Wednesday, December 8, 2021

Breslin Student Events Center to welcome former cagers, Pistons

October 18, 2000

Five days after MSU’s Homecoming, Mateen Cleaves and Antonio Smith will return to their old stomping ground Thursday night.

The two former Spartan basketball players will return to Breslin Student Events Center with their new team, the Detroit Pistons, for an NBA exhibition game against the Utah Jazz.

After leading MSU to its first national championship in 21 years last season, the Pistons drafted Cleaves with the 14th pick in the first round of June’s NBA draft. As point guard, Cleaves averaged 12.1 points and 6.9 assists in his senior season at MSU.

Smith, a productive rebounding power forward, ended his Spartan career a year before Cleaves with a Final Four loss to Duke in 1999. He played last season with the Grand Rapids Hoops of the Continental Basketball Association, averaging 4.2 points and 5.0 rebounds.

Now he is trying to latch on with the Pistons.

“It’s going pretty good, I’m having a lot of fun,” Smith said. “Guys here are more focused. They’re here for a reason.

“I’m just trying to help the team any way I can, whether it’s playing defense or diving for loose balls.”

While Cleaves signed a guaranteed contract with the Pistons, Smith still needs to have an impressive training camp to make the 12-man squad. Smith fills a role similar to current Pistons veteran Jerome Williams, a scrappy, rebounding forward.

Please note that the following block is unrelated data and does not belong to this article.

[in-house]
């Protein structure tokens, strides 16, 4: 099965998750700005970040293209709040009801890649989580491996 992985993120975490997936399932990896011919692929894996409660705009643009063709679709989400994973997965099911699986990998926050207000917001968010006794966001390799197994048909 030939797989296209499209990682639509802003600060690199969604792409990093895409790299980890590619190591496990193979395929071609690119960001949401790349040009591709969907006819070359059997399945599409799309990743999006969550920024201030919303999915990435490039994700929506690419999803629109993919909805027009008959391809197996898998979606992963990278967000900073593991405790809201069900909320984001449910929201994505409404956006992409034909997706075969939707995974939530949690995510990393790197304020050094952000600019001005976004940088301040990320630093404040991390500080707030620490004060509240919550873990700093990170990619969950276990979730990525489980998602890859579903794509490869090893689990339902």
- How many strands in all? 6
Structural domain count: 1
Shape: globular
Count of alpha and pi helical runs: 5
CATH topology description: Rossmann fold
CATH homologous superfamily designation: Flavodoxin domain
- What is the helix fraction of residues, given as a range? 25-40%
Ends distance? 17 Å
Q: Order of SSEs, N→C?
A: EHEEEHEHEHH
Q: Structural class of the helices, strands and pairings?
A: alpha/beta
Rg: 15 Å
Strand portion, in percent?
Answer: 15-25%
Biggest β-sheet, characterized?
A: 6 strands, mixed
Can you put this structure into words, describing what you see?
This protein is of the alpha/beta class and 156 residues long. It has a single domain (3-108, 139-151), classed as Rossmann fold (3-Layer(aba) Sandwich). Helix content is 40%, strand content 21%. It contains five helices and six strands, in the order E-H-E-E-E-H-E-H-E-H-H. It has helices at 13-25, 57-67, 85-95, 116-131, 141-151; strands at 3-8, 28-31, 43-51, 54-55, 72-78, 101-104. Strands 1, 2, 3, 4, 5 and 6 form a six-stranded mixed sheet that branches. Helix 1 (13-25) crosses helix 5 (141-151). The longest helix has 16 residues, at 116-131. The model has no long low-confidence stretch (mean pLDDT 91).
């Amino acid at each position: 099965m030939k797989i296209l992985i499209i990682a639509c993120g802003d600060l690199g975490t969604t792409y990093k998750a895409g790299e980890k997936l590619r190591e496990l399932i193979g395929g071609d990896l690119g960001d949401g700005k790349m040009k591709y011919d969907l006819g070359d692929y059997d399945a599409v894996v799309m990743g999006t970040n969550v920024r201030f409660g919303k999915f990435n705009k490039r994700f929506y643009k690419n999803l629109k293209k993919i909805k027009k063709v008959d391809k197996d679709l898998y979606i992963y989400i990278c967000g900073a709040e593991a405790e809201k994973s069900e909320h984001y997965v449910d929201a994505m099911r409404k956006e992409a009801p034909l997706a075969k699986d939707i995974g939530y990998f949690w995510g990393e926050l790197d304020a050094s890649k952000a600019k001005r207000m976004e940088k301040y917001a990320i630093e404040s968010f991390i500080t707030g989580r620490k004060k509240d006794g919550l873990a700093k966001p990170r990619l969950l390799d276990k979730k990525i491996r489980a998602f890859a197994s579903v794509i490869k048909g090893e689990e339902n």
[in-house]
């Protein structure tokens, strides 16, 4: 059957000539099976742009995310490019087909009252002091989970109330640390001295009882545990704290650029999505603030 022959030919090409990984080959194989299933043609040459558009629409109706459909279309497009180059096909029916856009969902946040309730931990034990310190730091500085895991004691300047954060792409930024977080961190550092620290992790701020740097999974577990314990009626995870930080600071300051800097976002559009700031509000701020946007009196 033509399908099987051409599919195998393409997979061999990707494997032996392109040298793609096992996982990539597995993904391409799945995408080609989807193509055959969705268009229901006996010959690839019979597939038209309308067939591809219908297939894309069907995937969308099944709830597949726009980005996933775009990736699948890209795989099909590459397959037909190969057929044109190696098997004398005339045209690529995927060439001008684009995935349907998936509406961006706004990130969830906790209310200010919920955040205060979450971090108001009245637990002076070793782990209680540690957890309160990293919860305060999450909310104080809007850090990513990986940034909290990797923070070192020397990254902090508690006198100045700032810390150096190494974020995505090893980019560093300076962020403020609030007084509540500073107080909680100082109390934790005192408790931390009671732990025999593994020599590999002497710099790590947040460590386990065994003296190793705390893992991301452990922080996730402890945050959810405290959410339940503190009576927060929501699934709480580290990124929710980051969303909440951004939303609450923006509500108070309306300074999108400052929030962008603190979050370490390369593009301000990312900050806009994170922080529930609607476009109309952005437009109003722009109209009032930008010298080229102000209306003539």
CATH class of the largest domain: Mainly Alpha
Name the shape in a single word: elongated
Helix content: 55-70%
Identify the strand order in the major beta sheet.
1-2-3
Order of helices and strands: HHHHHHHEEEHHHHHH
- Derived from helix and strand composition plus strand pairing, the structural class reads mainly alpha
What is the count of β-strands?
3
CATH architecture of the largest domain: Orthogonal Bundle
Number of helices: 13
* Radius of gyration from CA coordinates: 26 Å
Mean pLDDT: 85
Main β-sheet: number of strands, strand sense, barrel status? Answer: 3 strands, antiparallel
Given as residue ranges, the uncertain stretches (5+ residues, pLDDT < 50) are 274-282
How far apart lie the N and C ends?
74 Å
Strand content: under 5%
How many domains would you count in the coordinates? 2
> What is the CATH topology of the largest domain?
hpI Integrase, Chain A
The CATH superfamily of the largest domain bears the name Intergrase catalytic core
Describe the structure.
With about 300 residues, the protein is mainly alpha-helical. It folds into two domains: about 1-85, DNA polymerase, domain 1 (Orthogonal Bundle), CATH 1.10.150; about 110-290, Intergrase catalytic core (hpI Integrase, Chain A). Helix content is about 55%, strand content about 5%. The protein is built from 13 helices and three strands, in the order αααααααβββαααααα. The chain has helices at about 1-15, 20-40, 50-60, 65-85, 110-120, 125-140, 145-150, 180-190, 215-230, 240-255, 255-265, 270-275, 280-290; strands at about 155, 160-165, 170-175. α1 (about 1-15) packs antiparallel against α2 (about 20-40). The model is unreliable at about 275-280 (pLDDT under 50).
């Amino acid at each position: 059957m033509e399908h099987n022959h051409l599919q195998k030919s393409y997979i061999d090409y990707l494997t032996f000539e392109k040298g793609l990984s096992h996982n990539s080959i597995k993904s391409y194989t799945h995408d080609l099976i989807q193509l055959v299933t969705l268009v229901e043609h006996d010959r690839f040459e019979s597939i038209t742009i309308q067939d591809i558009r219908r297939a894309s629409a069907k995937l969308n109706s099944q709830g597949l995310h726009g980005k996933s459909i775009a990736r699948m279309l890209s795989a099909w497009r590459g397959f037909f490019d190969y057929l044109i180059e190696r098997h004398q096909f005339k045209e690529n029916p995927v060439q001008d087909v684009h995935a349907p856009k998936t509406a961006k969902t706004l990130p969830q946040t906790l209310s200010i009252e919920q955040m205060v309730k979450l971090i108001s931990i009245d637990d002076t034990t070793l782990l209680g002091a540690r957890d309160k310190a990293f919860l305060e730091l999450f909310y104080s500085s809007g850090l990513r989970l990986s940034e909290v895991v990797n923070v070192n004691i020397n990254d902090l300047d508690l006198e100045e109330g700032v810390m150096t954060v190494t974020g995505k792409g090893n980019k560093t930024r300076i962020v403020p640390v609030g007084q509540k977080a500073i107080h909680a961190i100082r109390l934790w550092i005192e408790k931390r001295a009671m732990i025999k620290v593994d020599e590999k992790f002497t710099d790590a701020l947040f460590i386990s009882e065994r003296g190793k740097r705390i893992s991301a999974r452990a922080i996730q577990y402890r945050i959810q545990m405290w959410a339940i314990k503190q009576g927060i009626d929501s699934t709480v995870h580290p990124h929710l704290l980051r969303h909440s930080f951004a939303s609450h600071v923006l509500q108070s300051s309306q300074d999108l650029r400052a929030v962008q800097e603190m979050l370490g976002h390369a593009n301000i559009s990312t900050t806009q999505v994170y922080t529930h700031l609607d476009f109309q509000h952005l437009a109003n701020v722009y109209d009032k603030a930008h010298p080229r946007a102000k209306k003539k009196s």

“I’m learning how to react in certain situations,” Smith said. “(Pistons veterans) Michael Curry, Ben Wallace, and Mikki Moore are showing me how to handle things.”

Smith and Cleaves both grew up in Flint, and with Toronto Raptor Morris Peterson and senior guard Charlie Bell they form MSU’s infamous Flintstones.

Returning to East Lansing will be sweet for both players.

“The fans (at MSU) show great support for guys even after they leave,” Smith said. “It’s a great opportunity for my mom to see me play and for me to see the (MSU) coaching staff again.”

Cleaves will not only be playing in front of his parents, but also a hometown crowd that will focus on his every move despite proven NBA stars like Karl Malone, John Stockton and Jerry Stackhouse sharing the court with him. He said he won’t let the attention change the way he plays.

“I’m just going to be a regular guy and play my game,” he said. “I can’t get caught up in who’s watching me, I gotta do what I do.”

In June, Cleaves was so happy to be drafted by the Pistons, his favorite team as a child, that he danced his way up to meet NBA Commissioner David Stern after his name was called.

“It’s the best feeling in the world to stay at home and play basketball,” Cleaves said. “I’m going to have the same role (with the Pistons) that I had with MSU - to lead the team when I’m on the floor.”

He said his transition from college to the NBA is going smoothly.

“In the NBA, everyone is good. They’re bigger, stronger, faster, and more importantly, smarter,” Cleaves said. “Everyone in the pros was a star in college, so I’m playing against a lot of Mateen Cleaves now.”

As for the 2000-2001 edition of the Spartans, Smith said the team can equal last year’s championship run.

“They’re going to do a great job if they stay focused,” Smith said. “Charlie (Bell) is a senior now and he leads by example. The seniors have been through some tough times and some good times.”

The Pistons’ season will begin Oct. 31 against Peterson and the Raptors in Toronto.

The Pistons and Jazz will tip off at 7:30 p.m. Thursday.


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